by Rev. Richard Evans
I continue to be amazed at statistics that cite the large number of people who do not have a WILL. A survey last year from RocketLawyer.com, a legal services web site, found that 50% of Americans with children do not have a will. Even more alarming, 41% of baby boomers (age 55-64) don't have one. The top three reasons cited by survey respondents for not having a will: procrastination, a belief that they don't need one, and cost.
A national poll several years ago by Bankrate Inc. showed that 57% of Americans had made no such provision. Although three quarters of the respondents said that everyone needs a WILL, many simply don't follow through. Of those 50 years and older, 63% do have a WILL, although 90% of that age group said that they wanted to make their death as easy as possible on their families.
I suppose it is a human tendency to postpone or avoid things that seem sad and un- pleasant—like death. But the results of such procrastination can be huge. Without a valid WILL or TRUST, the state decides how assets get distributed, heirs may quarrel over property, and parents may not be able to determine who will care for their dependent children. Prepar- ing a WILL is one of the most important and considerate things you can do for your surviving family members—and for yourself.
Although some "do-it-yourselfers" decide to write their own, a simple WILL drafted by an attorney usually is worth the cost of several hundred dollars—both to avoid mistakes and to benefit from legal advice. For more complex estates, a Revocable Living TRUST may be a good alternative. The cost may be several thousand dollars but the result, usually, is to avoid probate. The combined costs of a WILL and probate often are similar to the cost of preparing a Revocable Living TRUST.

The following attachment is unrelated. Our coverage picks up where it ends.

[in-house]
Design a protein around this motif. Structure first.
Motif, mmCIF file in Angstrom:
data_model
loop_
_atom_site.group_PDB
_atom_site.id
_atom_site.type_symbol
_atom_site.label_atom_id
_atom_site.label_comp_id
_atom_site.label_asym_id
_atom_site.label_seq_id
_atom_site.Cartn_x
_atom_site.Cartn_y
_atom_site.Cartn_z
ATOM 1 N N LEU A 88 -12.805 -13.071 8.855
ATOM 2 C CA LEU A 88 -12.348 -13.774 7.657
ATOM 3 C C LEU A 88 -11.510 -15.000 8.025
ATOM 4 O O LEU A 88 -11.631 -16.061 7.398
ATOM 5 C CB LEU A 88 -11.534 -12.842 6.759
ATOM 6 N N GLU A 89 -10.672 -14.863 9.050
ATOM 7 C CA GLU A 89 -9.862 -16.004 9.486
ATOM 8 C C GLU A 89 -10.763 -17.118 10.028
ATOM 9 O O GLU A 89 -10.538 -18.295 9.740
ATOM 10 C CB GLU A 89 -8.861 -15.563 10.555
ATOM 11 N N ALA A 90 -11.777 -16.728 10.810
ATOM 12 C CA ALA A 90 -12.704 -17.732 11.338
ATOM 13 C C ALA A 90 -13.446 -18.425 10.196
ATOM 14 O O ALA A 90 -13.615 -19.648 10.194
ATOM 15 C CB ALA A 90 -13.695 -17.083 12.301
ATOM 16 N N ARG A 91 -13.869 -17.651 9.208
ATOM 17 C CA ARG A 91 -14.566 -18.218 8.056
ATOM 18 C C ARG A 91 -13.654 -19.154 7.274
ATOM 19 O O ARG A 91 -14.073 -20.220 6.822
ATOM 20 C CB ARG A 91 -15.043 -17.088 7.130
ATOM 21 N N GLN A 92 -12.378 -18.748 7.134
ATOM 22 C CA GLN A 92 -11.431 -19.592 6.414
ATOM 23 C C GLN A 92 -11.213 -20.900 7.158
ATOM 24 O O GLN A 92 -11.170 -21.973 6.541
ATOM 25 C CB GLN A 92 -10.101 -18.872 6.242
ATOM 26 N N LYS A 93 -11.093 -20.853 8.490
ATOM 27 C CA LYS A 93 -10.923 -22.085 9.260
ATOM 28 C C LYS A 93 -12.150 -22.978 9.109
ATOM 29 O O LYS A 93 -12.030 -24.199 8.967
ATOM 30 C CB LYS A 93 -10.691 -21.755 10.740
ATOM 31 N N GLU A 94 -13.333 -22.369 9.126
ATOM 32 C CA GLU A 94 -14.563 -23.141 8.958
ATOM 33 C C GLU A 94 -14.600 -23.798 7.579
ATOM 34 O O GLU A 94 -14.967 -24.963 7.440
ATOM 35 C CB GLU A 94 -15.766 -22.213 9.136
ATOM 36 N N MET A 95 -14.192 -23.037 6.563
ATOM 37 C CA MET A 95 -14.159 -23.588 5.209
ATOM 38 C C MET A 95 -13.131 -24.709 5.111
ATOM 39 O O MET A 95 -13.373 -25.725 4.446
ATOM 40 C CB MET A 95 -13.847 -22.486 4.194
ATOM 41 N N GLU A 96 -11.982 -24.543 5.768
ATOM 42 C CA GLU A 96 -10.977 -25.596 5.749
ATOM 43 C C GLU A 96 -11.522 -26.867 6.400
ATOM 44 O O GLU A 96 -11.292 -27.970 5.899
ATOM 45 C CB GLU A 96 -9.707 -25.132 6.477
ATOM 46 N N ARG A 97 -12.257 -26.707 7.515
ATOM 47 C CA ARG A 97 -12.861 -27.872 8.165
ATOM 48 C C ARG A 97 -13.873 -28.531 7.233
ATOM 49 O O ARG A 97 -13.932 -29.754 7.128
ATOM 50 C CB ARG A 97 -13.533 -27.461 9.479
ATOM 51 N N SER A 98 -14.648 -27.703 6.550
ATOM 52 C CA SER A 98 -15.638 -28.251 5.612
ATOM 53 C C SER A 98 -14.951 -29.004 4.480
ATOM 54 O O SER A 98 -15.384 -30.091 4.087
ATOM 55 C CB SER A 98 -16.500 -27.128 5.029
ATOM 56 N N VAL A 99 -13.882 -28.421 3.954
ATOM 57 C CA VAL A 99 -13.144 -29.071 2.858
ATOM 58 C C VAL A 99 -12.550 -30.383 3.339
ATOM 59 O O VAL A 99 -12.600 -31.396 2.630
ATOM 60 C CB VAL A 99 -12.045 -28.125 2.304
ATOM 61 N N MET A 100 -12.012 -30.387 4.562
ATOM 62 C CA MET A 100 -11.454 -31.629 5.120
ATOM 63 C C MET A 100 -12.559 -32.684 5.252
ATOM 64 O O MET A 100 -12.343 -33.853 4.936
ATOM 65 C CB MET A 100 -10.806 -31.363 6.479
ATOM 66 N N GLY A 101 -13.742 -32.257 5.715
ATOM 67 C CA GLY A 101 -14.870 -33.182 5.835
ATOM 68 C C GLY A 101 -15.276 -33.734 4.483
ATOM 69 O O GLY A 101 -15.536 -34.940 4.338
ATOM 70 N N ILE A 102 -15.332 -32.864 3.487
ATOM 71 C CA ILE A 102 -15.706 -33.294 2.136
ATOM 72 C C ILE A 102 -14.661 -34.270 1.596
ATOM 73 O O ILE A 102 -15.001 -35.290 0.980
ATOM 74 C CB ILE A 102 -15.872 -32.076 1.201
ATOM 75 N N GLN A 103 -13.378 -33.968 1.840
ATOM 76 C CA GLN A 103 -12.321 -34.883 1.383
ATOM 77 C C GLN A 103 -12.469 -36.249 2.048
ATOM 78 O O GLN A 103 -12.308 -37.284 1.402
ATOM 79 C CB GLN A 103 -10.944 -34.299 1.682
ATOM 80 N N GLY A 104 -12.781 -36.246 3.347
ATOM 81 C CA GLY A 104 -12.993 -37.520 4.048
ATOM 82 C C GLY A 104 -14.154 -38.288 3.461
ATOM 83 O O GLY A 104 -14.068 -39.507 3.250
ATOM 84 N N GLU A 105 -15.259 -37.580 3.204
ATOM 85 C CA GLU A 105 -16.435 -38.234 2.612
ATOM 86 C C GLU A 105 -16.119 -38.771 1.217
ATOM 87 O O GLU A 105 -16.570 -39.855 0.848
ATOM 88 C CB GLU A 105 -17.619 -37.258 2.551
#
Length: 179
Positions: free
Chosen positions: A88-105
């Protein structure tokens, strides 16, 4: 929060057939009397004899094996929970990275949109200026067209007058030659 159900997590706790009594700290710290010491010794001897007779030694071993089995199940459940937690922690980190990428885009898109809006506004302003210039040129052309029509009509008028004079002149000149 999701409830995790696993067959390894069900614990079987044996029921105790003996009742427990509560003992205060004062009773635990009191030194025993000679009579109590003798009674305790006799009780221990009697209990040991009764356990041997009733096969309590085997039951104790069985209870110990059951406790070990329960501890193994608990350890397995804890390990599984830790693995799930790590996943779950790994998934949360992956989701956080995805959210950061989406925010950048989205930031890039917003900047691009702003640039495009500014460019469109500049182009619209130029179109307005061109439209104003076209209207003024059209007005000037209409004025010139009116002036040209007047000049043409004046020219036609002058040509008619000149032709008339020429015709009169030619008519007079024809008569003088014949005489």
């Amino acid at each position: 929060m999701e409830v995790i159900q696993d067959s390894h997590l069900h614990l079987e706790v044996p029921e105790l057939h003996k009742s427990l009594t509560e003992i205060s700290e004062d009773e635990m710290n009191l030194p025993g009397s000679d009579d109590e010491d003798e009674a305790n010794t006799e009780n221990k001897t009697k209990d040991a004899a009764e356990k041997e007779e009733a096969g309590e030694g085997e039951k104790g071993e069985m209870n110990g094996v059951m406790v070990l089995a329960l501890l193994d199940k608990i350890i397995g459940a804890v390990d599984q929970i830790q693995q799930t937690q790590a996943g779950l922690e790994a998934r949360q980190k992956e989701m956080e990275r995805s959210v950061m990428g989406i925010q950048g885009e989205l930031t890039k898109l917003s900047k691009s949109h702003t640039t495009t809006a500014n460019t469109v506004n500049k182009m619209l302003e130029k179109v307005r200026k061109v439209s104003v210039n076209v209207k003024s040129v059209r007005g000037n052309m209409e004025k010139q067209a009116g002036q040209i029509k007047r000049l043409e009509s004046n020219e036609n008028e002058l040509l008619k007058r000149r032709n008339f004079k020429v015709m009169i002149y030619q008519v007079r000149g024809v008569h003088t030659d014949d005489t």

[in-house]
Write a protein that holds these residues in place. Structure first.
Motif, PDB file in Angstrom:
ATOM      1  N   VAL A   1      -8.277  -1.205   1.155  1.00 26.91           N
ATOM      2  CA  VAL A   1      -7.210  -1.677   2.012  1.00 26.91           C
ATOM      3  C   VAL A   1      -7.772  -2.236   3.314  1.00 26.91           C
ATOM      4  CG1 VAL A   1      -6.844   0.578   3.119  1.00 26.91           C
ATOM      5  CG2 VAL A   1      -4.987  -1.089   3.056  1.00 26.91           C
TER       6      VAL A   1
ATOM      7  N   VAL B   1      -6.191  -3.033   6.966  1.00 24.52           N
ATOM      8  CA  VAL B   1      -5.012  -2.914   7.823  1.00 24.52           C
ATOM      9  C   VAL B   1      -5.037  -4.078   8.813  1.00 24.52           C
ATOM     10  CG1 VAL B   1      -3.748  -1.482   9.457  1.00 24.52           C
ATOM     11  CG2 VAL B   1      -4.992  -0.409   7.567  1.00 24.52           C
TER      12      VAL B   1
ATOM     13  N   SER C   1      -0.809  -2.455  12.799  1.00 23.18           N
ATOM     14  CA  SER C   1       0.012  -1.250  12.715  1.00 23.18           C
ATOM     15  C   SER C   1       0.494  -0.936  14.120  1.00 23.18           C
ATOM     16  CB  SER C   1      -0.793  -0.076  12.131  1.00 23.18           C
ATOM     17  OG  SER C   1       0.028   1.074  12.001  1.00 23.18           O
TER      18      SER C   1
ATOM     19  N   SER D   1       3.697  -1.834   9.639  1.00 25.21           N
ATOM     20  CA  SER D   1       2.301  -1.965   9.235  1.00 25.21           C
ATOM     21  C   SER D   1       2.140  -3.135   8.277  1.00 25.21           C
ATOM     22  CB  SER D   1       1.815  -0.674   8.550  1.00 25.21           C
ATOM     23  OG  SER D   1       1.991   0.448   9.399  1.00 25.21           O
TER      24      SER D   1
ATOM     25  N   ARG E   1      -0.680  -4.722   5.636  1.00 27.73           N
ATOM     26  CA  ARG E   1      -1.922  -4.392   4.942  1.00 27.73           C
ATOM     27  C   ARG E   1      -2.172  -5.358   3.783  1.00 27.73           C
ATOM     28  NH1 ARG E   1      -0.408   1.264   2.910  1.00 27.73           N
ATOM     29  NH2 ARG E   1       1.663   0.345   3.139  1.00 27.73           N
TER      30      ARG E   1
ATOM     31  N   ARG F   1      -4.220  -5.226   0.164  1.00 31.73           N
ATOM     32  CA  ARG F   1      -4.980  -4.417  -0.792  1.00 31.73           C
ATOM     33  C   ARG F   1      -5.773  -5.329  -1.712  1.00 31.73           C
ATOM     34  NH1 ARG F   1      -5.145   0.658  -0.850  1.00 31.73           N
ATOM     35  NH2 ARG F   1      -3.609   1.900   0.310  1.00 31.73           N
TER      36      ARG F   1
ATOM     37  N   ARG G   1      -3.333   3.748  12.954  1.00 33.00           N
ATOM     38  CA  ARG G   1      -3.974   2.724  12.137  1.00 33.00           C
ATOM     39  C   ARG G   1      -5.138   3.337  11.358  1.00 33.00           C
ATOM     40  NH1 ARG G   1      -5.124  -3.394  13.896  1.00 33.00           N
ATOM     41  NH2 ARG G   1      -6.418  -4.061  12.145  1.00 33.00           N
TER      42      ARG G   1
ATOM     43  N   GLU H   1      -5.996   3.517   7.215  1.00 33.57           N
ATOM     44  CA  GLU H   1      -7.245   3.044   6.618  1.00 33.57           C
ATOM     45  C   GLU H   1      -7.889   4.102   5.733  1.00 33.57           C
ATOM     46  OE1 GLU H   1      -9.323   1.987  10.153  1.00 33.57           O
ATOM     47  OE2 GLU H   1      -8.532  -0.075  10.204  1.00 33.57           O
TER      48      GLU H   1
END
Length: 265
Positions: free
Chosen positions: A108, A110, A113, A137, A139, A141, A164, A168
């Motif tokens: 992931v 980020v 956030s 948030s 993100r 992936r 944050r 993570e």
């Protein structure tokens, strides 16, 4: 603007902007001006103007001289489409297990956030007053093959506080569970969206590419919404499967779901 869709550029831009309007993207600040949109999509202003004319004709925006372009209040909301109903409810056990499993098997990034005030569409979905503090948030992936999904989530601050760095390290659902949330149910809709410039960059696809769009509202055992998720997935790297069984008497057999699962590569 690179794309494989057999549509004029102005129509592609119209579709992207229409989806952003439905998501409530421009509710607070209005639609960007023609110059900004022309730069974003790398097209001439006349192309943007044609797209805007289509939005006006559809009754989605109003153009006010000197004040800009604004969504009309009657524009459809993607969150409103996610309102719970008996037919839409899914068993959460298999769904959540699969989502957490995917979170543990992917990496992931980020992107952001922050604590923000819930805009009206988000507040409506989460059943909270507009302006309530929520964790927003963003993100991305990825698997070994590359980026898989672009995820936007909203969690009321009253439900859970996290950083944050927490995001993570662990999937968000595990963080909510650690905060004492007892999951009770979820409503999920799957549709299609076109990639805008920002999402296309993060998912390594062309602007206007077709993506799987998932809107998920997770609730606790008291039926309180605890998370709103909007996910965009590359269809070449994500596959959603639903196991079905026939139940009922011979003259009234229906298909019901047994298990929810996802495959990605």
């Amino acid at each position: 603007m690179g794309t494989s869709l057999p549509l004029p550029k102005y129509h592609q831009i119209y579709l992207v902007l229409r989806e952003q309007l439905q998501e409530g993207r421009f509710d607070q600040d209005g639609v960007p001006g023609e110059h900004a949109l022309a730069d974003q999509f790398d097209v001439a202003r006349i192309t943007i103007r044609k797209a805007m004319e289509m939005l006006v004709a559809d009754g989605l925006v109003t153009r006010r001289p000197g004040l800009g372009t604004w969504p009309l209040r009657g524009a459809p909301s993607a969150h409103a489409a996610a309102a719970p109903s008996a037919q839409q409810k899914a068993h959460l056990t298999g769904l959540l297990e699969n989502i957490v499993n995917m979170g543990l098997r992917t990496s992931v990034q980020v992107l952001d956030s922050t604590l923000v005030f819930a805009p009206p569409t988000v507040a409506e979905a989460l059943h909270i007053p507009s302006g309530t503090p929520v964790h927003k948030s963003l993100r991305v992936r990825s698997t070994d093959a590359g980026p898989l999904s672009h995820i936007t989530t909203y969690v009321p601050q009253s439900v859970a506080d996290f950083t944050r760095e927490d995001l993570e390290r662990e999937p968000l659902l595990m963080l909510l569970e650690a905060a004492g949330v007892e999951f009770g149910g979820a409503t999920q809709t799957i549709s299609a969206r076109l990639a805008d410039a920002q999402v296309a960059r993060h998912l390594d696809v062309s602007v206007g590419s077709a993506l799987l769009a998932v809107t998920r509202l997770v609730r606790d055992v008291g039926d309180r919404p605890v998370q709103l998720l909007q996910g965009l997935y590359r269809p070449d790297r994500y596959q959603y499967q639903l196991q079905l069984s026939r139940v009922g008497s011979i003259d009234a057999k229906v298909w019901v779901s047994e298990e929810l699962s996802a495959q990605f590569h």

Once you have a WILL or TRUST, however, don't become too complacent. Those docu- ments should be reviewed periodically, and possibly revised, as your circumstances change. A good rule of thumb is to review them at least every 10 years and/or when you change your residence to a different state.
When you create or revise your WILL, why not name your church (and possibly some favorite charities) among the beneficiaries of your estate? That is a wonderful way to extend your Christian stewardship beyond your lifetime. If you
would like to discuss possibilities for specific designation of such a gift to our church, call Pastor Tom or me. And if your bequest to First United Methodist Church of Gilford is invested in the Endowment Fund, the annual earnings will keep on "giving" forever—in your memory. What a legacy! If you have named FUMCG in your WILL or TRUST, why not let Pastor Tom know. He doesn't need to know any details; only that you have done it. We'd like to thank you for your faith, your foresight, and your generosity in planning for a deferred gift to the church.
Yes, where there's a WILL, there's a way!